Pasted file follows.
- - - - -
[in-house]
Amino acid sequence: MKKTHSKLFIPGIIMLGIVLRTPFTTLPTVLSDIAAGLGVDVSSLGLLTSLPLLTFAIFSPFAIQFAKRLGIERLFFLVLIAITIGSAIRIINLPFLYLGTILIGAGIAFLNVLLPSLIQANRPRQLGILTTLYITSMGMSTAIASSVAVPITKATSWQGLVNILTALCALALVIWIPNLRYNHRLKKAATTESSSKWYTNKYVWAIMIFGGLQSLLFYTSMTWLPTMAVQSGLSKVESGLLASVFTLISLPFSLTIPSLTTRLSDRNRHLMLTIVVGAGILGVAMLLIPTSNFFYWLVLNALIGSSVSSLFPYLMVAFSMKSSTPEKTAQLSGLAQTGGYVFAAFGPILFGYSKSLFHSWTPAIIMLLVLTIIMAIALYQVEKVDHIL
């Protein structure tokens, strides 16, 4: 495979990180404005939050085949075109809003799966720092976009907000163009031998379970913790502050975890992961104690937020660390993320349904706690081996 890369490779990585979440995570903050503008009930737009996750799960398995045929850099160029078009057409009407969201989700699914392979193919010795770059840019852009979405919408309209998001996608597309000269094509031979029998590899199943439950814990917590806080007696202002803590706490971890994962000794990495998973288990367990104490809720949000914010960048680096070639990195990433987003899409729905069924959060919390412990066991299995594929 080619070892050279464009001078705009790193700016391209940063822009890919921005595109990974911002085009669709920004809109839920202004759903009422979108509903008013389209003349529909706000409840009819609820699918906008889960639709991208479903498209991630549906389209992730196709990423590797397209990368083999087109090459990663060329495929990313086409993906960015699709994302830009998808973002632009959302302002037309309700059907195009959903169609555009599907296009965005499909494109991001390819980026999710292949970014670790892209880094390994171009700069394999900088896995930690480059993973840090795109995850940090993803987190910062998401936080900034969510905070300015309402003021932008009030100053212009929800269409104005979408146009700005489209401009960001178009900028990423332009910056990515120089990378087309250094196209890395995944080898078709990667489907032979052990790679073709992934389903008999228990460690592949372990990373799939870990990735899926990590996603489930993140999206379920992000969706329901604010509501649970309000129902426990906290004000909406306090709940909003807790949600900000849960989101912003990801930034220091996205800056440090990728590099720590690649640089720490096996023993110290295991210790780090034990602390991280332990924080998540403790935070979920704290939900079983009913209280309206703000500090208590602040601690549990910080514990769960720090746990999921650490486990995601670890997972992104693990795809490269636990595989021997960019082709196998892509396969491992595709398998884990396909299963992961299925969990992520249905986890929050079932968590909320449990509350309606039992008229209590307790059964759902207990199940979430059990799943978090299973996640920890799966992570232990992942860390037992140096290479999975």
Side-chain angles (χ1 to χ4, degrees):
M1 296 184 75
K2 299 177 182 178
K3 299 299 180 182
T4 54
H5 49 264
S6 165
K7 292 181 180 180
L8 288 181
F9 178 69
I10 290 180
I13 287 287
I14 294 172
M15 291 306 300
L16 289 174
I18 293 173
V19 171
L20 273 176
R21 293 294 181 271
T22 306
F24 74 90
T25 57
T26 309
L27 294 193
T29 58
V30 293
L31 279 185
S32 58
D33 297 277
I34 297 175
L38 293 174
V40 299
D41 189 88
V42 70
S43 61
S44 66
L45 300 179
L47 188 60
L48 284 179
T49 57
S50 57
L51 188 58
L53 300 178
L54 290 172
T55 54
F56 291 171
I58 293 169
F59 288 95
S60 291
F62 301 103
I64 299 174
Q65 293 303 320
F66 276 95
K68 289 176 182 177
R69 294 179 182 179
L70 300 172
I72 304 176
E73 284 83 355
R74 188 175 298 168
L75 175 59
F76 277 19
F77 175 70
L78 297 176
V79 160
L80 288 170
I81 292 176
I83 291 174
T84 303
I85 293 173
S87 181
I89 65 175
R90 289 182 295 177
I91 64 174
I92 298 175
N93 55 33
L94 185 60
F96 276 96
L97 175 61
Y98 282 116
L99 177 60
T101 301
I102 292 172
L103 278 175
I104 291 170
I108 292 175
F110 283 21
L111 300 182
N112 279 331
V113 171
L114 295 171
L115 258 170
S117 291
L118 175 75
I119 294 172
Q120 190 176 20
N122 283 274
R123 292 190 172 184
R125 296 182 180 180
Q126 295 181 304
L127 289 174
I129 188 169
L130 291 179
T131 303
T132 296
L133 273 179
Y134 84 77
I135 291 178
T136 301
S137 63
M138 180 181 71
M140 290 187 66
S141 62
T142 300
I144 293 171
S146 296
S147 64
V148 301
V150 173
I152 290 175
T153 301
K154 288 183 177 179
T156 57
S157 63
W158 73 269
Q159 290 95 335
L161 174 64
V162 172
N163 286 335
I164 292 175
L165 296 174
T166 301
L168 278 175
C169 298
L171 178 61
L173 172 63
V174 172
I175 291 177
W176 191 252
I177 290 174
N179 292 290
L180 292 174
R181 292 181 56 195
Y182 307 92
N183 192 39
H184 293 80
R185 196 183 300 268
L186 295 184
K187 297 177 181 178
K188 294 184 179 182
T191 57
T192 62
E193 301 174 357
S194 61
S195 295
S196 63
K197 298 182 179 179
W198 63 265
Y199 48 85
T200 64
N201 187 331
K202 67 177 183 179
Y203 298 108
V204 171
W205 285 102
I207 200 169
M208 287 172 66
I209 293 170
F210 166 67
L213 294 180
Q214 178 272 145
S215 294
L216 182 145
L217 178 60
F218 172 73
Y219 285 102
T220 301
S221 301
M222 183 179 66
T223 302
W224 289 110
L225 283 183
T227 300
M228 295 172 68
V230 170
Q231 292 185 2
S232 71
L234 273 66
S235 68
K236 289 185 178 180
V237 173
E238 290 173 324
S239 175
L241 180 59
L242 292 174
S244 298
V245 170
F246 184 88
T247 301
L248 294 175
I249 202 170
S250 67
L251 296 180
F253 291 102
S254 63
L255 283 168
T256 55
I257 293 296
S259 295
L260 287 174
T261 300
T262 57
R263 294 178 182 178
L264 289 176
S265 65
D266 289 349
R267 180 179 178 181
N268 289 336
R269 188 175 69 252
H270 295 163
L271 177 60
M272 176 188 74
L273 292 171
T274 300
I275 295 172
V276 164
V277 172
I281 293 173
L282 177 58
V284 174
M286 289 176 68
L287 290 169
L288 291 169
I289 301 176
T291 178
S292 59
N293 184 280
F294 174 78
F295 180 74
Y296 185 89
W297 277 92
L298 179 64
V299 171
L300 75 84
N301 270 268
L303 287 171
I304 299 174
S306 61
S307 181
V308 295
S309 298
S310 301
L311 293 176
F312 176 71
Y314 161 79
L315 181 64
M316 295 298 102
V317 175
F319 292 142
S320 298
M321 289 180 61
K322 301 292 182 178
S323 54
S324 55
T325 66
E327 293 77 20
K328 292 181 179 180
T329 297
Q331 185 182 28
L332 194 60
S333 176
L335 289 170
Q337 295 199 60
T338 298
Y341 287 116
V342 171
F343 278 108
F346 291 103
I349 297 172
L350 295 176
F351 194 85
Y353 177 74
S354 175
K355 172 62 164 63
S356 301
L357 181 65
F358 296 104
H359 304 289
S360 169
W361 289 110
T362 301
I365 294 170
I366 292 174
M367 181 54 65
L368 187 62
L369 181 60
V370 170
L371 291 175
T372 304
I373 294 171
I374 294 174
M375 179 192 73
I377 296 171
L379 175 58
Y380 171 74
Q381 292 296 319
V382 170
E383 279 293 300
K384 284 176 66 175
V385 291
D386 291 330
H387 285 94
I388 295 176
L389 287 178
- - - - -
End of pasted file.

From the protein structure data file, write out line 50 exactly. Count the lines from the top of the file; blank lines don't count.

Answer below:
I58 293 169